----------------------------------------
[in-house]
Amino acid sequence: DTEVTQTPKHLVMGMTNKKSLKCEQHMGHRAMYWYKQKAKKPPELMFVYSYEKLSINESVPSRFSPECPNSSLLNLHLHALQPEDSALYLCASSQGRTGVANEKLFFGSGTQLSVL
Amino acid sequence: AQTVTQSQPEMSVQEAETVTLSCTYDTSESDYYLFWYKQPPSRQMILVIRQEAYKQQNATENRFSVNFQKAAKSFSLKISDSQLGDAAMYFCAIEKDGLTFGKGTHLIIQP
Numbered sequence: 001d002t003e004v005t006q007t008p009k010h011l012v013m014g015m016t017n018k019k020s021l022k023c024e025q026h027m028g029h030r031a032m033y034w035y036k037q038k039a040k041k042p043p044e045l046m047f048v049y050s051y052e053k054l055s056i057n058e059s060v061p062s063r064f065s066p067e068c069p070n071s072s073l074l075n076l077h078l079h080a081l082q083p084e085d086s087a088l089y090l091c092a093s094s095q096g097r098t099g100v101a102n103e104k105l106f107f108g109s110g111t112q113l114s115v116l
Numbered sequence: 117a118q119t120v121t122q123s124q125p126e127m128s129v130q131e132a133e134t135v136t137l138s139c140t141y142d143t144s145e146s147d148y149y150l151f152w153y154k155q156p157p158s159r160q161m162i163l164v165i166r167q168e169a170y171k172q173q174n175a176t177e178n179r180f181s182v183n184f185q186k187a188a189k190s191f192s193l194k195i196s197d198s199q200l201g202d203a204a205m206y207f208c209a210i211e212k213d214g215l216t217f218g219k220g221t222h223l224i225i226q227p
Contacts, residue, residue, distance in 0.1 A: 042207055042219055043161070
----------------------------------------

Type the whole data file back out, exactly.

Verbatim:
[in-house]
Amino acid sequence: DTEVTQTPKHLVMGMTNKKSLKCEQHMGHRAMYWYKQKAKKPPELMFVYSYEKLSINESVPSRFSPECPNSSLLNLHLHALQPEDSALYLCASSQGRTGVANEKLFFGSGTQLSVL
Amino acid sequence: AQTVTQSQPEMSVQEAETVTLSCTYDTSESDYYLFWYKQPPSRQMILVIRQEAYKQQNATENRFSVNFQKAAKSFSLKISDSQLGDAAMYFCAIEKDGLTFGKGTHLIIQP
Numbered sequence: 001d002t003e004v005t006q007t008p009k010h011l012v013m014g015m016t017n018k019k020s021l022k023c024e025q026h027m028g029h030r031a032m033y034w035y036k037q038k039a040k041k042p043p044e045l046m047f048v049y050s051y052e053k054l055s056i057n058e059s060v061p062s063r064f065s066p067e068c069p070n071s072s073l074l075n076l077h078l079h080a081l082q083p084e085d086s087a088l089y090l091c092a093s094s095q096g097r098t099g100v101a102n103e104k105l106f107f108g109s110g111t112q113l114s115v116l
Numbered sequence: 117a118q119t120v121t122q123s124q125p126e127m128s129v130q131e132a133e134t135v136t137l138s139c140t141y142d143t144s145e146s147d148y149y150l151f152w153y154k155q156p157p158s159r160q161m162i163l164v165i166r167q168e169a170y171k172q173q174n175a176t177e178n179r180f181s182v183n184f185q186k187a188a189k190s191f192s193l194k195i196s197d198s199q200l201g202d203a204a205m206y207f208c209a210i211e212k213d214g215l216t217f218g219k220g221t222h223l224i225i226q227p
Contacts, residue, residue, distance in 0.1 A: 042207055042219055043161070